Manuscript length and format
We publish papers of varying lengths and this depends on the nature of the study. But in general, the word count for a typical paper, counting all elements text, tables, footnotes, and references is approximately 10,000, and the character count (counting spaces) is about 70,000. Please use Times Roman 12-point type and the 8.5 x 11 page setting; place page numbers in the upper right corner; and leave top and side margins of at least one inch.
Please submit your paper in MS Word or as RTF. We cannot accept documents formatted in LaTeX. Our system will convert your Word or RTF document to PDF.
No author identifying information
The paper you upload must be purged of all information identifying you, your co-authors, and your institution(s). Prepare a separate cover note that includes the current professional title, address, telephone number, and e-mail address for each author of the manuscript. (Copy this into the "Cover Letter" field in the online submission). This cover note will not be visible to referees. If you encounter any technical problems, contact our office at firstname.lastname@example.org or (607) 255-3295.
Provide the article title, authors' names, and abstract in the appropriate, separate fields of the web page at the time you upload the paper. Do not include them in the body of the paper itself. (These elements are automatically combined in a title page that the system adds to the paper; the authors' identities are concealed until such time as the paper is accepted.)
Acknowledgments, Data Availability, and Bio Sketches
In the "Cover Letter" field, provide acknowledgments (with exceptions noted below) and a note stating which data and programs you are willing to make available, on request, to interested researchers. A typical note runs as follows: "A data appendix with additional results, and copies of the computer programs used to generate the results presented in the paper, are available from the first author at [postal address and/or email]." When the data used are proprietary, provide the names of agencies or persons who can guide other researchers through the procedures for accessing the data. If you created the data set yourself and wish to exploit it further before making it public, specify a date after which the data will be available.
If you wish to acknowledge the editor or referees, please do so in a specific footnote rather than in the acknowledgments section. There is no need to include a disclaimer stating that errors, or the views expressed, are the author's. We run a blanket statement to that effect on the inside front cover of every issue.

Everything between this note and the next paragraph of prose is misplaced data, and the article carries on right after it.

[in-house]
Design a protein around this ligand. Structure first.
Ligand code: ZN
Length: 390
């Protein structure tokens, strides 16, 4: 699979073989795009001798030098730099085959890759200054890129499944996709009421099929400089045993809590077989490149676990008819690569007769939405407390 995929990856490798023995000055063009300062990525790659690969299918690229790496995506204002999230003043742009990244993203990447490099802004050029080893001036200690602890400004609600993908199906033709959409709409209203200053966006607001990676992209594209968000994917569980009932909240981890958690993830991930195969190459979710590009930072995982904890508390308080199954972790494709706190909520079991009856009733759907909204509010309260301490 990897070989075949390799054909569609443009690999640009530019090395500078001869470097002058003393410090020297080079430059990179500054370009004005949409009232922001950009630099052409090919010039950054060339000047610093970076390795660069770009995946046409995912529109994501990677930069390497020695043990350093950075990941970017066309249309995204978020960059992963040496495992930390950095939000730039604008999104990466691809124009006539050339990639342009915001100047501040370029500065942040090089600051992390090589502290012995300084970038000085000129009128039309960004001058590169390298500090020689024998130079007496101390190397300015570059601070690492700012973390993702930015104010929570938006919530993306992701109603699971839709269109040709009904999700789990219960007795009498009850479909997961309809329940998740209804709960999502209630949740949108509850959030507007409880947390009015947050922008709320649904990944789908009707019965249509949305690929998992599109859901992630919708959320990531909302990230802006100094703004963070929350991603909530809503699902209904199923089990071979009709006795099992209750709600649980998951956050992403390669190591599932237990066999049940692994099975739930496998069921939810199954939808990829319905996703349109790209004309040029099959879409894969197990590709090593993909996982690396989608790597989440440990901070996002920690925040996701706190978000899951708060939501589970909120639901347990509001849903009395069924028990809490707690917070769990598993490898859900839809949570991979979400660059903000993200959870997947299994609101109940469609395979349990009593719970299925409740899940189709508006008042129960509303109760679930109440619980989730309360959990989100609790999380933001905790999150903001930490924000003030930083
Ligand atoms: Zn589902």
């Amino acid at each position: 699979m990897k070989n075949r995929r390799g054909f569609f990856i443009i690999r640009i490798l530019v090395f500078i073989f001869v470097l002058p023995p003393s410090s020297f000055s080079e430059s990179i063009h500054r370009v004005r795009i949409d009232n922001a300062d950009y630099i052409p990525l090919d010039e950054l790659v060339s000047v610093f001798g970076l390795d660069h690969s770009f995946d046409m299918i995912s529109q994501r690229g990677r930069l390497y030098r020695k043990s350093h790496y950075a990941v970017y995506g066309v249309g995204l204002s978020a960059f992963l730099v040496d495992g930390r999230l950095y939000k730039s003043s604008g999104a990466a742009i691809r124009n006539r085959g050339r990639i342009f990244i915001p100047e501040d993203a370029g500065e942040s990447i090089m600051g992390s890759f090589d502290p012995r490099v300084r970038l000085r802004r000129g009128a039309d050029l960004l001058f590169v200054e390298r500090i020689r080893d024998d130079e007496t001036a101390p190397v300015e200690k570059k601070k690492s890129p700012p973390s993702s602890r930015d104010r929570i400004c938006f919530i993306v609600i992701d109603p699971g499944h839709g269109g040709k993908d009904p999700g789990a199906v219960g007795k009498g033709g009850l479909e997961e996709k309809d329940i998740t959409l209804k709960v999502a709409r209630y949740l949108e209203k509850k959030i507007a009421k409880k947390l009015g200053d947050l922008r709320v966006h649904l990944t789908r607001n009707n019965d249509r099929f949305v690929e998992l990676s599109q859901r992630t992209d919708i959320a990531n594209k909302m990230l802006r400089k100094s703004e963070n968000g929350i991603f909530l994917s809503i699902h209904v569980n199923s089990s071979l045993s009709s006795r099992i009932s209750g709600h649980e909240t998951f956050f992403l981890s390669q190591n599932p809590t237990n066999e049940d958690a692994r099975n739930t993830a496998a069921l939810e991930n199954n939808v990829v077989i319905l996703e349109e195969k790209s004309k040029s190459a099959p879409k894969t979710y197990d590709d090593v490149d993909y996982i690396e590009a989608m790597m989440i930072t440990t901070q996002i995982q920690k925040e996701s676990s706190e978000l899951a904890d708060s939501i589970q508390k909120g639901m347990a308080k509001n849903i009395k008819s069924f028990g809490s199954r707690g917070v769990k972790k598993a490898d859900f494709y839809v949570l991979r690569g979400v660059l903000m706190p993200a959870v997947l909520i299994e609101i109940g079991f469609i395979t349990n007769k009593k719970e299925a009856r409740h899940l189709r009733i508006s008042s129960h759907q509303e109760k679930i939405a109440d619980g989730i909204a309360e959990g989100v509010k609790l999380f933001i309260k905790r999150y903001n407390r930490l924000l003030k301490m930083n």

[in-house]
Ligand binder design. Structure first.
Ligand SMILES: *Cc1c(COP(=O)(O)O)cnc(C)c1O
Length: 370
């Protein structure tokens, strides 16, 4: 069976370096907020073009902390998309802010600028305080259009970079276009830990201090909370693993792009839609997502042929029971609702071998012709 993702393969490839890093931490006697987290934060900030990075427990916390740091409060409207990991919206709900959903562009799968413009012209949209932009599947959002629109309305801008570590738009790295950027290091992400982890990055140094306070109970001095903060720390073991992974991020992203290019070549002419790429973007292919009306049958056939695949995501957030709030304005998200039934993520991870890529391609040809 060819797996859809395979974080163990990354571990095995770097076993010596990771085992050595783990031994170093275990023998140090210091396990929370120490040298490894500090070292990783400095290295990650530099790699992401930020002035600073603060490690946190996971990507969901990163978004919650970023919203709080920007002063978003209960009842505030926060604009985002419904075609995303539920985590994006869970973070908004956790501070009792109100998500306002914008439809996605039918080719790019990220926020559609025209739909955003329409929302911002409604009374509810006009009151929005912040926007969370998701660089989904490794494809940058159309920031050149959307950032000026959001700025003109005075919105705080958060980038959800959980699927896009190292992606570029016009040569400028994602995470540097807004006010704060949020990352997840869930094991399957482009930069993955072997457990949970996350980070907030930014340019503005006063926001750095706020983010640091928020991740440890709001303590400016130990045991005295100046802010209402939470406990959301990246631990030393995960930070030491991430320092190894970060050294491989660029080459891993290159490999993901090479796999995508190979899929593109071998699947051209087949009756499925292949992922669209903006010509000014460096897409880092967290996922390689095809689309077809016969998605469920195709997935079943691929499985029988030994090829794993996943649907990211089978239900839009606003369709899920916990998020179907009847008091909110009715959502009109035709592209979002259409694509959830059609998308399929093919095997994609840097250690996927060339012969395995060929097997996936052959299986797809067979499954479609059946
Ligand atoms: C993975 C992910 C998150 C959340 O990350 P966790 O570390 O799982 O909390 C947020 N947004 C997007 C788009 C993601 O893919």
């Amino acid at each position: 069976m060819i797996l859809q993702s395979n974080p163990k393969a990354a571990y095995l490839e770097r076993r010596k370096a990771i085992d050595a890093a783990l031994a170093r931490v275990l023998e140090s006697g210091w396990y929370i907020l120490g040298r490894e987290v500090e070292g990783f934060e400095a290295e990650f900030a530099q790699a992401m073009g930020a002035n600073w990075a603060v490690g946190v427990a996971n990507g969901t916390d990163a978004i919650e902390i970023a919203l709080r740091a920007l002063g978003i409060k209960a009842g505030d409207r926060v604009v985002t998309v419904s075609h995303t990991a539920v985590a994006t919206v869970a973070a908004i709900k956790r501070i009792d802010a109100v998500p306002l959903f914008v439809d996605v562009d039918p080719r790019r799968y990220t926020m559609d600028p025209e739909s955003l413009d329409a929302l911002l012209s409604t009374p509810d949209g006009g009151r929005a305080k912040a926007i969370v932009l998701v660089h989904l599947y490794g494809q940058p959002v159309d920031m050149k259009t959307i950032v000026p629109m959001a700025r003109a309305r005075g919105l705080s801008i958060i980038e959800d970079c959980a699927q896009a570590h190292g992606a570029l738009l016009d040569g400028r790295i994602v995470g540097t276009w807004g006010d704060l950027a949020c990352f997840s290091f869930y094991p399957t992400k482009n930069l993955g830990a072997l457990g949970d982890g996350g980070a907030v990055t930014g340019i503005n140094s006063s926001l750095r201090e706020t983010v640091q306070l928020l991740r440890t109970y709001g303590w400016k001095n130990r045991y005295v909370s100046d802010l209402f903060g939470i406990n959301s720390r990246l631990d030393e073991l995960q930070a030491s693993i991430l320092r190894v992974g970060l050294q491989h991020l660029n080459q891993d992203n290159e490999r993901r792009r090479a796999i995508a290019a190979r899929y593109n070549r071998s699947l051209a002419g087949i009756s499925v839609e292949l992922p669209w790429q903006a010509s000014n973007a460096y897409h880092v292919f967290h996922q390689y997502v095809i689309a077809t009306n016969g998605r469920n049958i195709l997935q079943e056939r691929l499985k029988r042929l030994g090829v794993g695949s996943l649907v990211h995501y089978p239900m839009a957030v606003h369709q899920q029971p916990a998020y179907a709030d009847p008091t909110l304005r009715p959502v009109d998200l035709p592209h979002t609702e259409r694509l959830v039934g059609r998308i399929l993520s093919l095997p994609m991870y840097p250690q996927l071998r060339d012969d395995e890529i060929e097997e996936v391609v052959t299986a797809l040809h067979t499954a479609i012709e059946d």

Publication Time Table
Accepted papers are copyedited once the Editors have decided in which issue the paper will appear. Authors are given the opportunity to review the edited manuscript and then return it to the Managing Editor, who works with the compositor to typeset the issue for publication. Expect some time lag between acceptance and copyediting, and from copy-editing to publication.
If your work is accepted, please keep the Managing Editor and the Publication Assistant (ILRR@cornell.edu) informed of any changes in your contact information and any long absences that may prolong your response time to correspondence.
Please fill in your name, address, and email as well as institutional affiliation in the appropriate spaces, using sentence case (not upper case). You may log in at any time and change this information as needed.
In the "Abstract" field, provide an abstract of no more than 150 words. The first sentence generally describes the data, method, and purpose. Two or three other sentences state the most important findings, conclusions, and, sometimes, implications. Use only terms that will be understood by a general audience (which includes readers who have little background in statistics). Use the third-person singular or plural, depending on the number of authors of the paper ("The authors investigate how union members in U.S. manufacturing plants...").
Provide an untitled introduction of 3 to 5 paragraphs that offers a brief description of the study's central research questions, conceptual framework, and contribution to the literature. Use the first-person ("I" or "we" rather than "This study"). Do not present an outline of the paper; do not anticipate findings or conclusions. Avoid footnotes, tables and figures, and in-text cites.